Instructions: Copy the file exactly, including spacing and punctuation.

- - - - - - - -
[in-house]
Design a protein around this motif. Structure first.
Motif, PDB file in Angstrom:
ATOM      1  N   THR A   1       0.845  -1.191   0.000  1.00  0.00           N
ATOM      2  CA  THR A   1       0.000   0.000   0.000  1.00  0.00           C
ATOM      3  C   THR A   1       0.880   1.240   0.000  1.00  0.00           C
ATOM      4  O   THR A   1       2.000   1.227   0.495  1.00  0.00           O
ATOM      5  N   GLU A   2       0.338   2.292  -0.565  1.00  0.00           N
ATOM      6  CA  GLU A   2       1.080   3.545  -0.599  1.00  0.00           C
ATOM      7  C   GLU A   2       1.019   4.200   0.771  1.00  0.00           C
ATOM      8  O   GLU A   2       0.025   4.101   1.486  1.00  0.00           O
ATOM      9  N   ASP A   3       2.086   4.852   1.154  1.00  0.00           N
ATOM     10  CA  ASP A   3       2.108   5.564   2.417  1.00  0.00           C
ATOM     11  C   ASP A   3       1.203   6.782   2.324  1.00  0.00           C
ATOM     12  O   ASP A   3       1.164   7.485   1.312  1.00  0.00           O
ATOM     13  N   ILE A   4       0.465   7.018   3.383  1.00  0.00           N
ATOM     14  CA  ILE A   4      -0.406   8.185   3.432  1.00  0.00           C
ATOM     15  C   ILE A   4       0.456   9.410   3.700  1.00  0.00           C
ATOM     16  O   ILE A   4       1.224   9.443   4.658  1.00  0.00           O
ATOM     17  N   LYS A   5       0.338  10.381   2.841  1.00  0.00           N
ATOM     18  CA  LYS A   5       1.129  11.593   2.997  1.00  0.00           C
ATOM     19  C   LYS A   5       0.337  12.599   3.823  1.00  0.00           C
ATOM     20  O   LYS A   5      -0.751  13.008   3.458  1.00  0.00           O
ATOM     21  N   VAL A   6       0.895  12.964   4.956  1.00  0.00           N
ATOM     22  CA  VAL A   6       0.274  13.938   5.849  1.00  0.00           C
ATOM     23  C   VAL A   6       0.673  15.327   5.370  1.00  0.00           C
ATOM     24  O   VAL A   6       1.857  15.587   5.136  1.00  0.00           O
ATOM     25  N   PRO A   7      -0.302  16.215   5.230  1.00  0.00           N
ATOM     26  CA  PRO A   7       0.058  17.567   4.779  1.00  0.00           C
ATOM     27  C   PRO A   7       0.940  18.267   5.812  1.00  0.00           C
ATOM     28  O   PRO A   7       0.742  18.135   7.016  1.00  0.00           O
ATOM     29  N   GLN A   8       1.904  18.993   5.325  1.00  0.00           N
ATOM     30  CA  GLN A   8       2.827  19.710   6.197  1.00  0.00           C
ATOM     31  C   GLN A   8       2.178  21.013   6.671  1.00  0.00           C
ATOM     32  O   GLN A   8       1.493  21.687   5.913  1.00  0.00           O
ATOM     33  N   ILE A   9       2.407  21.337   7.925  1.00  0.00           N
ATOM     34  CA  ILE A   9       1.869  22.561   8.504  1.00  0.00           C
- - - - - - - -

[in-house]
Design a protein around this motif. Structure first.
Motif, PDB file in Angstrom:
ATOM      1  N   THR A   1       0.845  -1.191   0.000  1.00  0.00           N
ATOM      2  CA  THR A   1       0.000   0.000   0.000  1.00  0.00           C
ATOM      3  C   THR A   1       0.880   1.240   0.000  1.00  0.00           C
ATOM      4  O   THR A   1       2.000   1.227   0.495  1.00  0.00           O
ATOM      5  N   GLU A   2       0.338   2.292  -0.565  1.00  0.00           N
ATOM      6  CA  GLU A   2       1.080   3.545  -0.599  1.00  0.00           C
ATOM      7  C   GLU A   2       1.019   4.200   0.771  1.00  0.00           C
ATOM      8  O   GLU A   2       0.025   4.101   1.486  1.00  0.00           O
ATOM      9  N   ASP A   3       2.086   4.852   1.154  1.00  0.00           N
ATOM     10  CA  ASP A   3       2.108   5.564   2.417  1.00  0.00           C
ATOM     11  C   ASP A   3       1.203   6.782   2.324  1.00  0.00           C
ATOM     12  O   ASP A   3       1.164   7.485   1.312  1.00  0.00           O
ATOM     13  N   ILE A   4       0.465   7.018   3.383  1.00  0.00           N
ATOM     14  CA  ILE A   4      -0.406   8.185   3.432  1.00  0.00           C
ATOM     15  C   ILE A   4       0.456   9.410   3.700  1.00  0.00           C
ATOM     16  O   ILE A   4       1.224   9.443   4.658  1.00  0.00           O
ATOM     17  N   LYS A   5       0.338  10.381   2.841  1.00  0.00           N
ATOM     18  CA  LYS A   5       1.129  11.593   2.997  1.00  0.00           C
ATOM     19  C   LYS A   5       0.337  12.599   3.823  1.00  0.00           C
ATOM     20  O   LYS A   5      -0.751  13.008   3.458  1.00  0.00           O
ATOM     21  N   VAL A   6       0.895  12.964   4.956  1.00  0.00           N
ATOM     22  CA  VAL A   6       0.274  13.938   5.849  1.00  0.00           C
ATOM     23  C   VAL A   6       0.673  15.327   5.370  1.00  0.00           C
ATOM     24  O   VAL A   6       1.857  15.587   5.136  1.00  0.00           O
ATOM     25  N   PRO A   7      -0.302  16.215   5.230  1.00  0.00           N
ATOM     26  CA  PRO A   7       0.058  17.567   4.779  1.00  0.00           C
ATOM     27  C   PRO A   7       0.940  18.267   5.812  1.00  0.00           C
ATOM     28  O   PRO A   7       0.742  18.135   7.016  1.00  0.00           O
ATOM     29  N   GLN A   8       1.904  18.993   5.325  1.00  0.00           N
ATOM     30  CA  GLN A   8       2.827  19.710   6.197  1.00  0.00           C
ATOM     31  C   GLN A   8       2.178  21.013   6.671  1.00  0.00           C
ATOM     32  O   GLN A   8       1.493  21.687   5.913  1.00  0.00           O
ATOM     33  N   ILE A   9       2.407  21.337   7.925  1.00  0.00           N
ATOM     34  CA  ILE A   9       1.869  22.561   8.504  1.00  0.00           C